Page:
Don Broadhurst admits he has no regrets about snubbing the Beijing Olympic Games as he prepares for his professional debut on Saturday.
The 22-year-old flyweight, who looks like a teenager but possesses the punching power of a bull, shot to fame in March when he won a Commonwealth Games gold medal in Melbourne.
His brutal punching had promoters licking their lips in anticipation and Broadhurst has lined his pockets with Frank Warren.
However, Britain's premier promoter has a bill littered with glittering talent at Bolton's Reebok Stadium on Saturday including home-town hero Amir Khan and IBF light-heavyweight champion Clinton Woods.
Despite the fact that Broadhurst has already sold in excess of 300 tickets, he is likely to be at the foot of the bill; all of which is light years away from the television audience of millions that saw Broadhurst's punching power strike gold.
His best mate and fellow gold medallist Frankie Gavin is likely to be boarding the plane to China in two years' time after resisting the lure of big-money deals but the Aston-based pugilist is in no doubt that plunging into Warren's deep pool of talent is the best decision he has made.
"I have got no regrets at all," said Broadhurst, who is expected to fight Walsall veteran Delroy Spencer on Saturday.
"When the Olympics comes around, I won't be thinking 'what if'? I always wanted to be a professional boxer from when I started as a kid. My first bouts were in smoky social clubs and I soon found out that it is a big world out there with over 40 international fights for England.
"I am still a baby at the age of 22 and there is so much more to come from me but a lot of the amateur tournaments are the same every year.
"My style is suited to the professional ranks so I won't have to change what has made me successful."
While the paparazzi will be swarming all over Khan and his entourage, Broadhurst will be able to concentrate on making his mark in relative obscurity.
Woods' title bout against Glen Johnson will be a robust affair while Takaloo and Michael Jennings contest the WBU world welterweight title.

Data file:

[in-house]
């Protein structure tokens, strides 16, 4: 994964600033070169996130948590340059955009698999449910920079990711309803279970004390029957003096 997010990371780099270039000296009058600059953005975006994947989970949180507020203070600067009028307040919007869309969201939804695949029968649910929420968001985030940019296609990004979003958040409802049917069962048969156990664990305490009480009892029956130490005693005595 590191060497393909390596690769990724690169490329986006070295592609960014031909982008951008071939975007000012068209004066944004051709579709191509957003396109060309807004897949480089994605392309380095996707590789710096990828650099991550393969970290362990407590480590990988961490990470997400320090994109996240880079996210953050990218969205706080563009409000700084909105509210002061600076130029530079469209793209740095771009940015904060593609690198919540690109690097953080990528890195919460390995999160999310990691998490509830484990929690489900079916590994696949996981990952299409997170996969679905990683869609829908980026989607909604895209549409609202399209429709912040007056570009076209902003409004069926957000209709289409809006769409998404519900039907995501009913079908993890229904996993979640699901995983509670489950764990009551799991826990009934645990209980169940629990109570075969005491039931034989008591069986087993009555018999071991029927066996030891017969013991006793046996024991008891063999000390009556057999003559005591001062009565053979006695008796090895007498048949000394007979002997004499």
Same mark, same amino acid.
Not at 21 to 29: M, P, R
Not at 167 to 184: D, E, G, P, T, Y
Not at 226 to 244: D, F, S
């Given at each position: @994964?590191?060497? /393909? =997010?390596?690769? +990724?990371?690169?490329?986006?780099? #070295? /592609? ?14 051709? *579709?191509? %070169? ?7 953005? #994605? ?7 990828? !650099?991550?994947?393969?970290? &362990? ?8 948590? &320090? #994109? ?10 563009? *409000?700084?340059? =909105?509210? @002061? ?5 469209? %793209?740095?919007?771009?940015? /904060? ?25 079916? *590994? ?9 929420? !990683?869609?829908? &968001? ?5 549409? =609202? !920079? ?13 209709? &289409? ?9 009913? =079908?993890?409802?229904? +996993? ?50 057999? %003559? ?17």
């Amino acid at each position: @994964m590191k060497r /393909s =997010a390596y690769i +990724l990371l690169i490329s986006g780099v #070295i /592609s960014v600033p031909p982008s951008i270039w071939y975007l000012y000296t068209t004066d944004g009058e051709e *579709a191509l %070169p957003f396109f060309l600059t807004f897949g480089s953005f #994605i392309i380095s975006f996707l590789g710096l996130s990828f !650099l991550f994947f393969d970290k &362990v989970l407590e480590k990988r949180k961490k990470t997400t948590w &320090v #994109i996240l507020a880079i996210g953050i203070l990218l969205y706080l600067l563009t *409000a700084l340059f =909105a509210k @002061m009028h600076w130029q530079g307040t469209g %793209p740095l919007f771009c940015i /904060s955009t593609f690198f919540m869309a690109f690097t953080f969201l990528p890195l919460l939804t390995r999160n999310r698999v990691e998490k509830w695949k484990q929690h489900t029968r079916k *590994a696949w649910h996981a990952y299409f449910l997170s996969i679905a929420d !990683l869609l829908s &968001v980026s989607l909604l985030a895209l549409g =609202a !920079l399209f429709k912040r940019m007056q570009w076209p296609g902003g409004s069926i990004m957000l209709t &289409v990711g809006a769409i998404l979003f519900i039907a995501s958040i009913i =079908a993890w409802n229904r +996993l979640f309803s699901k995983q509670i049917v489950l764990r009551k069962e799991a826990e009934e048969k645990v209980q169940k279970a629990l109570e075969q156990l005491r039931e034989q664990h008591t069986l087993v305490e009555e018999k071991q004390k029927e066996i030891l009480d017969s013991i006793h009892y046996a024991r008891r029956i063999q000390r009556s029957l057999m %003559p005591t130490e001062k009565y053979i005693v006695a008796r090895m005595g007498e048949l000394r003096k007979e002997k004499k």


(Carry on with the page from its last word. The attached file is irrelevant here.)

Broadhurst's humble beginnings will be in stark contrast to the hype that surrounded Khan and Audley Harrison when they made their debuts and that suits the feisty flyweight just fine.
"It doesn't matter to me whether I fight first or last as
it won't change the result - I am still going to win," he added with confidence.
"I have been keeping a low profile at Paddy Lynch's gym in Garretts Green and I am happy to be top of the bill in two or three years' time.
"I can learn my trade and I wouldn't want the pressure that someone like Audley Harrison had from his very first fight.
"There will still be over 300 people there cheering me on, which is good considering everyone has spent all their money on holidays at this time of year.
"It would be great for me if Frank decided to bring Amir Khan to Birmingham as there is a huge Asian community within the city who love their boxing.
"Hopefully, I can have success of my own and help the other talented Brummies come through as the city is just starting to take off.
"I will have a few butterflies on the night, which is unusual for me as I wasn't even nervous before the Commonwealth Games final.
"Wayne Elcock has been giving me some good advice in the gym and I will take it on board about pacing myself, but I am very much my own man and I will fight in the style that suits me best."
Broadhurst needs to beat Spencer to avoid a tete ? tete with his younger brother. Seventeen-year-old Gary is already a star in the junior ABA ranks at light-welterweight. He has a lot to live up to, however, as his older brother was national champion at the age of 18.
Sibling rivalry is driving both brothers on but the professional says he has banned any sparring in the house, as he fears for his safety.
"Gary and I diet and run together and definitely spur each other on," Broadhurst said. "He has got a lot to live up to and has the added pressure of being my brother. Mind you, I won't be doing any more sparring with him as he is far too big for me. If I gave him half a chance he would like to get his own back from when we were a lot younger!"